Beanbag

March 28, 2022

Being a child of the 1970’s means I grew up with the beanbag.  I believe my every apartment during the decade was equipped with a beanbag, and that was true for my friends as well.  As we grew older and began to have children, the beanbag shifted from inexpensive furniture for a single male to the go to furniture for a small child. These were great to flop in after work, as an extra chair to watch the ball game, or a way to keep a young son occupied.  The best part was they were inexpensive and light enough to easily move.

When I looked online, I found the Sacco chair (“Sacco” is Italian for “bag, sack”), also called a beanbag chair or simply a beanbag, is a large fabric bag filled with polystyrene beans.  The Sacco was introduced in 1968 by three Italian designers, Piero Gatti, Cesare Paolini and Franco Teodoro, and was created in the Italian Modernism movement.  Italian modernism’s design was inspired by the new available technology.  The idea of mass-produced goods made within an inexpensive price range appealed to consumers and created the need for a revolution in the creative and manufacturing process.  The beanbag was marketed as the ‘shapeless chair’, as the beanbag conformed to whatever user happened to plop down.  The target user of the chair was the laidback hippie community and their non-conformist household.  In an era characterized by the hippie culture, apartment sharing, and student demonstrations, the thirty-something designers were said to have created a nonpoltrona (non-chair) that launched an attack on good bourgeois taste.  Here I only thought it was comfortable.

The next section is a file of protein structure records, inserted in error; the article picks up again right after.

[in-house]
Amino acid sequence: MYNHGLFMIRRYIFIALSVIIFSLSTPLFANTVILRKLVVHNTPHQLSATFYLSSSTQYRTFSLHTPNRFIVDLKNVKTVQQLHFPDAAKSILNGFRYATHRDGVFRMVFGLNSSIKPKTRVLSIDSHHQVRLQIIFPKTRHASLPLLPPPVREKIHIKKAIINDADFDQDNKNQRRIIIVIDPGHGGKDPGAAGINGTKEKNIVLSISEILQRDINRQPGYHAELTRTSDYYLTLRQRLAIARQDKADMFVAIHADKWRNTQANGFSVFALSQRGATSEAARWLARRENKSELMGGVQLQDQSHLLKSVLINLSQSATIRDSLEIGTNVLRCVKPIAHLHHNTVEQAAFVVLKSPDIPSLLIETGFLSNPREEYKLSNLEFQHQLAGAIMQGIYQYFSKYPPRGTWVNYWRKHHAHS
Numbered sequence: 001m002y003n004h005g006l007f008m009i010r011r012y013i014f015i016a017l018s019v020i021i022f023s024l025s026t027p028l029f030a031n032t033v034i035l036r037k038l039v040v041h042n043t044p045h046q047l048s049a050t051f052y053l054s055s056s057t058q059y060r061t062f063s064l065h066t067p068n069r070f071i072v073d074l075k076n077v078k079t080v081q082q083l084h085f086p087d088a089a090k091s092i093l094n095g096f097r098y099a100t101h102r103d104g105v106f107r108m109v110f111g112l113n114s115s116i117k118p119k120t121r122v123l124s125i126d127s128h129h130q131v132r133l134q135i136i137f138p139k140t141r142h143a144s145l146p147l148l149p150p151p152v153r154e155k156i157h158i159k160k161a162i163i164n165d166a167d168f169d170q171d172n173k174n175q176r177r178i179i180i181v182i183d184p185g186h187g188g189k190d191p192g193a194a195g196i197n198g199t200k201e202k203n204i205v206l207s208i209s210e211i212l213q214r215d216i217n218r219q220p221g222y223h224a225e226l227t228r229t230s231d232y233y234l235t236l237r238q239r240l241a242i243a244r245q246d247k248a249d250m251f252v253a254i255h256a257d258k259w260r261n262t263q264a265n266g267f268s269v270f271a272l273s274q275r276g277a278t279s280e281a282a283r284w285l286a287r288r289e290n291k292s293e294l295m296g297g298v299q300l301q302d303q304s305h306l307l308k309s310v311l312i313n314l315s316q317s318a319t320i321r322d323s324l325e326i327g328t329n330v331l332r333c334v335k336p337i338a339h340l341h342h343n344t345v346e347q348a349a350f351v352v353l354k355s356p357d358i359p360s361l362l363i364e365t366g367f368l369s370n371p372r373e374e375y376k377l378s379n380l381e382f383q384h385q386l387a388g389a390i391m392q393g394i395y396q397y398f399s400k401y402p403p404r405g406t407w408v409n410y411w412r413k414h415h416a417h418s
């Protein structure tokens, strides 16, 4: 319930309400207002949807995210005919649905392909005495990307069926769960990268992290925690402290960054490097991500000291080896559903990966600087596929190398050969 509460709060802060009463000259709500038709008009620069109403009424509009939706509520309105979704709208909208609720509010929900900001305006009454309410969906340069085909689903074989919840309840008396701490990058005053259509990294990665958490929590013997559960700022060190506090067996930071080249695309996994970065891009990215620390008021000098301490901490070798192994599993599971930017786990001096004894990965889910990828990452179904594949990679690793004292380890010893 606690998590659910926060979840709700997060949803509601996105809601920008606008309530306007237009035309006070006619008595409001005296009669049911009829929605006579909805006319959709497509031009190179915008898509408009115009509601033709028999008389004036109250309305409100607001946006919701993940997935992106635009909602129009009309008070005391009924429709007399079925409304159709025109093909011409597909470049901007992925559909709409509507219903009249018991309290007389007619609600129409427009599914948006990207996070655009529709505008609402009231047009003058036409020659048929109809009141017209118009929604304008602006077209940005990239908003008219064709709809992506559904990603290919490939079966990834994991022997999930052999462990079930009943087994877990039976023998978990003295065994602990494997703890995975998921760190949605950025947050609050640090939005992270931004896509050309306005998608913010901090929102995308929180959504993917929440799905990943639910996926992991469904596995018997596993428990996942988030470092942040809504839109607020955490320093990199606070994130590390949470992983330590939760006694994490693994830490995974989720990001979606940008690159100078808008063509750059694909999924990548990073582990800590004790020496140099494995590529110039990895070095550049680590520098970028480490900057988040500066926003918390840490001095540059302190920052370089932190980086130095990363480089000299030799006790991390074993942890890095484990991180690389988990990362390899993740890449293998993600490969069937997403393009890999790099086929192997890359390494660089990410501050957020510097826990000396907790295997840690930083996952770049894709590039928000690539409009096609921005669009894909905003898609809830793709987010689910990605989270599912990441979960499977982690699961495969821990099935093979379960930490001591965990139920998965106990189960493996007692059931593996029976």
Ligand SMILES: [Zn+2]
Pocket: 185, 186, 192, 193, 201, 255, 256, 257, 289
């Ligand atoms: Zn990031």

This week I did something I had never done before and washed a beanbag chair.  I unzipped the bag and poured the contents into two large trash bags.  The beans came out easily enough but were so full of static they flew around the garage.  We popped the cover in the washer, and when it came out the inside of the machine was covered with polystyrene beans.  We put the bag over the patio fence to dry to keep from filling the dryer as well.  Getting the beans back in the bag was not so easy.  I started outside and wound up with beans covering the patio.  I brought the bag inside, but it did not get any better.  The only time the beans easily spilled from the trash bag was when they fell to the floor rather than inside the beanbag.  Between the two of us we were able to refill the beanbag, but probably lost a third of the beans “somewhere”.

THOUGHTS:  The foam polystyrene used in beanbags, and as protective packaging for other products, is not biodegradable.  Previously manufacturers have tried making it environmentally friendly by incorporating cellulose and starch, or by adding light sensitive polymers that degrade in sunlight, but these methods have serious disadvantages.  A team of scientists from China has developed an approach that embeds water-absorbing resin particles throughout the styrene before it is formed into polystyrene.  When the resulting solid encounters water, the polymer particles expand, reducing the polymer structure to a powder that is biodegrade.  By altering the ratio of ingredients, it is possible to control the rate of disintegration.  The foamed polystyrene is cheaper than conventional materials and is readily adoptable by cost-conscious companies that want to be environmentally responsible.  Follow the science.  Change is coming and it starts with you.

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